Luckily, as time went on, a few more options opened up for me. After Amicia and Hugo made it through the caves, they ended up in an open canyon. There was grass to hide in and cliffs to climb to give yourself more room to manoeuvre. With Hugo’s Ratsense and careful timing, I managed to slip past most of the enemies. I say most because I found my way onto a ridge and hid behind a bush to wait for a guard to pass. However, the guard spotted me right through the bush and pounced on me. I tried to jump off the ridge, but an invisible wall stopped me. The guard cornered Amicia and killed her. This contradiction to the AI, combined with the arbitrary restriction of the invisible wall, robbed the conflict of all tension and ended in an easy death.
New to A Plague Tale: Requiem is the ability to directly control a rat mischief and turn any enemy that dares away from an open flame into a snack. It adds a nice wrinkle to combat, allowing you to quickly finish off enemies when there’s a horde of rats nearby. Aside from a few tutorial encounters, Hugo can only control the rats for a limited time, so you’ll need to plan your route carefully. These segments felt much more dynamic. One in particular took place in an outdoor bathhouse that spilled out into a field. There was plenty of room to maneuver, and systematically taking down enemies with the rats to clear a path for Amicia and Hugo added a much-needed strategic layer to the fight.
The second half of the preview followed Amicia, Hugo and a gruff soldier named Arno as they searched for a boat. The first part of this chapter consisted mostly of puzzles as the trio navigated a rat-infested cave system. The puzzles weren’t complicated, but they provided a welcome change from combat. Using Amicia’s slingshot and special ammo, you had to carefully light a path through the cave so the group could safely get through. I’m excited to see how these puzzles unfold as Amicia’s arsenal expands.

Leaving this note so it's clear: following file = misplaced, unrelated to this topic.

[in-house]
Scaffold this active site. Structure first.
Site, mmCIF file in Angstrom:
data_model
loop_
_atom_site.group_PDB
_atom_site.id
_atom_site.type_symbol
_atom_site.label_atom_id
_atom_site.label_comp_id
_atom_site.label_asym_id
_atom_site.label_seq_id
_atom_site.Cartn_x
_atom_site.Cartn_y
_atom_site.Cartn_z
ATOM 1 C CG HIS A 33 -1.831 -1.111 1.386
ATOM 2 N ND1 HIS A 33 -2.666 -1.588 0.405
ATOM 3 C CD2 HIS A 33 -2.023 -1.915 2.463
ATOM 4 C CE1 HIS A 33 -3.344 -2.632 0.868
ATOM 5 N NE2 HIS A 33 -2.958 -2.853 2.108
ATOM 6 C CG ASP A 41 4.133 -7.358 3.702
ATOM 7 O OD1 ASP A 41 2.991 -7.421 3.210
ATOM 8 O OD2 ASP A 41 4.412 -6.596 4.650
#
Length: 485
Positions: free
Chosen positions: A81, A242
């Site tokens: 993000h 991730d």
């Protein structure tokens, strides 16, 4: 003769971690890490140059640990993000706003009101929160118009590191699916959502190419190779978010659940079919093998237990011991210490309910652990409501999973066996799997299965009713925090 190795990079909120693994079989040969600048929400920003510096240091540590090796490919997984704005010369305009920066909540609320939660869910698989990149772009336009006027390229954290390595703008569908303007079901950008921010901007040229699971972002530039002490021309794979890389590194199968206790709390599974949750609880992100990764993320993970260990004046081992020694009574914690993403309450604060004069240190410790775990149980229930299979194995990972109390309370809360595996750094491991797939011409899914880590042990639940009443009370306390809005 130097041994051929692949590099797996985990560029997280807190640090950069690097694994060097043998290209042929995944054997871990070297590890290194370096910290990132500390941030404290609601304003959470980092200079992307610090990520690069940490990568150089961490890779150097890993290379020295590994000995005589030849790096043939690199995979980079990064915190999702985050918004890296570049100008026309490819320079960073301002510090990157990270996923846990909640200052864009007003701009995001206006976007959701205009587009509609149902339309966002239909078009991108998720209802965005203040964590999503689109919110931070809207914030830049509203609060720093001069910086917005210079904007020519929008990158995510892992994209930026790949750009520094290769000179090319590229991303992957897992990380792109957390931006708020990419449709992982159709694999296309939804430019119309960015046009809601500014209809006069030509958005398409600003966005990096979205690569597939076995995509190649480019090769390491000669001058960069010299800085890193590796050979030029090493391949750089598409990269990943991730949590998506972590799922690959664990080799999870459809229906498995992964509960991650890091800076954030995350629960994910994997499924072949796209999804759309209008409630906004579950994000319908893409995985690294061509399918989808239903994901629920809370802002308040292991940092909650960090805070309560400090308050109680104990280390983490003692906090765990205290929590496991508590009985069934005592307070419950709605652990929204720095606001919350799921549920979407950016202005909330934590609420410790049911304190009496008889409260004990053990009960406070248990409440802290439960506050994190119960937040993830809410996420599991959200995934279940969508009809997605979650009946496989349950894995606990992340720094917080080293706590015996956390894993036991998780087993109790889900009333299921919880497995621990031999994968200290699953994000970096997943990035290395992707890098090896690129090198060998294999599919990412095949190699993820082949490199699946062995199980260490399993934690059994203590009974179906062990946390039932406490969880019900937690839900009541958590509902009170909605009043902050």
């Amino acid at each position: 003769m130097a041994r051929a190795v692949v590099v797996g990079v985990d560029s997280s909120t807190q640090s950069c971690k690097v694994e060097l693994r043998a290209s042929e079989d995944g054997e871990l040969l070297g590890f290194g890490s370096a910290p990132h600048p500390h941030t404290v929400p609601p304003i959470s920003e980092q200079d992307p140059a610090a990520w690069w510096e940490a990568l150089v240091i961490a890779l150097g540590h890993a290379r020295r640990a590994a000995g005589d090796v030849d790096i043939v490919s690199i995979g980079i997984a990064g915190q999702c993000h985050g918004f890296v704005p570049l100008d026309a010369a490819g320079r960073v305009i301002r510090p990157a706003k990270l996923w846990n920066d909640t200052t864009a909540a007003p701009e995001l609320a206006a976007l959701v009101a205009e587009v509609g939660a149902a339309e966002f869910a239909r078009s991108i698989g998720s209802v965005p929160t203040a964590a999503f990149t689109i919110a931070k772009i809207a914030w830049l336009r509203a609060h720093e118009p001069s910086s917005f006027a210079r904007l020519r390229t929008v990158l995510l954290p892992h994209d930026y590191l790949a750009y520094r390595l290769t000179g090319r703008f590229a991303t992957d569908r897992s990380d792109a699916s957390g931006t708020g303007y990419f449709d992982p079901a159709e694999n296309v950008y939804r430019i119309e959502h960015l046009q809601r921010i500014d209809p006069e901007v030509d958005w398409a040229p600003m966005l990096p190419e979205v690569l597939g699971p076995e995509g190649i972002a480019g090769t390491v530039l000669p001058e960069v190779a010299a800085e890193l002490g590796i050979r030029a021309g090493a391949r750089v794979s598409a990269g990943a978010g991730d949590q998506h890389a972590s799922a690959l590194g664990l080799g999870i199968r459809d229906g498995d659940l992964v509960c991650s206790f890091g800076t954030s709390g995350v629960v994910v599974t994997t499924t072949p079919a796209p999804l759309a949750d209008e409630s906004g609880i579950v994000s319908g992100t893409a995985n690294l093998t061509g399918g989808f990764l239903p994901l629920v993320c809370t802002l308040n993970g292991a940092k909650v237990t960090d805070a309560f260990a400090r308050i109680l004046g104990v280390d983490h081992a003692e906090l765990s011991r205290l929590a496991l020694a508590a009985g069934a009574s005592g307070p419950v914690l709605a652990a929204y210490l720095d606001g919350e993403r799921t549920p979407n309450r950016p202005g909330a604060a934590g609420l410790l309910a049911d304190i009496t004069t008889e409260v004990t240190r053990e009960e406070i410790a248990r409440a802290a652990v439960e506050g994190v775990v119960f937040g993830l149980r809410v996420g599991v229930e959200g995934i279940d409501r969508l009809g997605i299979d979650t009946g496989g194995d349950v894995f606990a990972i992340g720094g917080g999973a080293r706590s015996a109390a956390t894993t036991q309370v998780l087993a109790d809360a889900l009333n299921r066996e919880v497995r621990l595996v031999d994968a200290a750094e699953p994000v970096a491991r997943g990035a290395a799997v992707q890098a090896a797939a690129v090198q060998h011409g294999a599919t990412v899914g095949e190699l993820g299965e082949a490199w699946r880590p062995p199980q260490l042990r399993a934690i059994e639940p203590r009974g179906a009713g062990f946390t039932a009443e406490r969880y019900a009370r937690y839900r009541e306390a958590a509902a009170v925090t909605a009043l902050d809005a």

Combat issues aside, I’m really looking forward to the narrative of Requiem. This preview consisted of two chapters that took place roughly halfway through the game, so it was difficult to follow the plot. Still, the acting seemed just as strong as it was in the first game. Especially Hugo’s voice actor stood out. Despite all the horrific things he’s seen, he still had an innocent charm that offers a reprieve from the harsh world.
I ran into some bugs during my preview, but bugs are to be expected when it comes to pre-release builds. The game is incomplete and developers usually use this final stage of development to fix any remaining glitches. However, A Plague Tale: Requiem is out in just over a month and I’ve had numerous bugs that stopped progress, forced me to reload encounters and restart entire stages.
In one instance, Arno asked me to set his shield on fire to get through a rat-infested area. Unfortunately, Arno refused to swing his shield, so I couldn’t light it. In another situation, I just couldn’t duck. I checked the button mapping and switched from a mouse and keyboard to a controller to no avail. Reloading the store didn’t fix the problem, so I ended up restarting the section.
While Asobo Studio has some time to iron out these issues, it’s worth keeping an eye on the bug situation as we near the game’s release date. I hope these issues are just me and my setup, but in my experience that’s not usually the case.
Overall, I’m cautiously optimistic for Requiem. I’m very excited to see where Asobo takes the story and its memorable cast of characters, even if the fight ends up flat for me.
A Plague Tale: Requiem is out October 13th for PC, PlayStation 5 and Xbox Series S and X. Keep an eye out for our review in the coming weeks.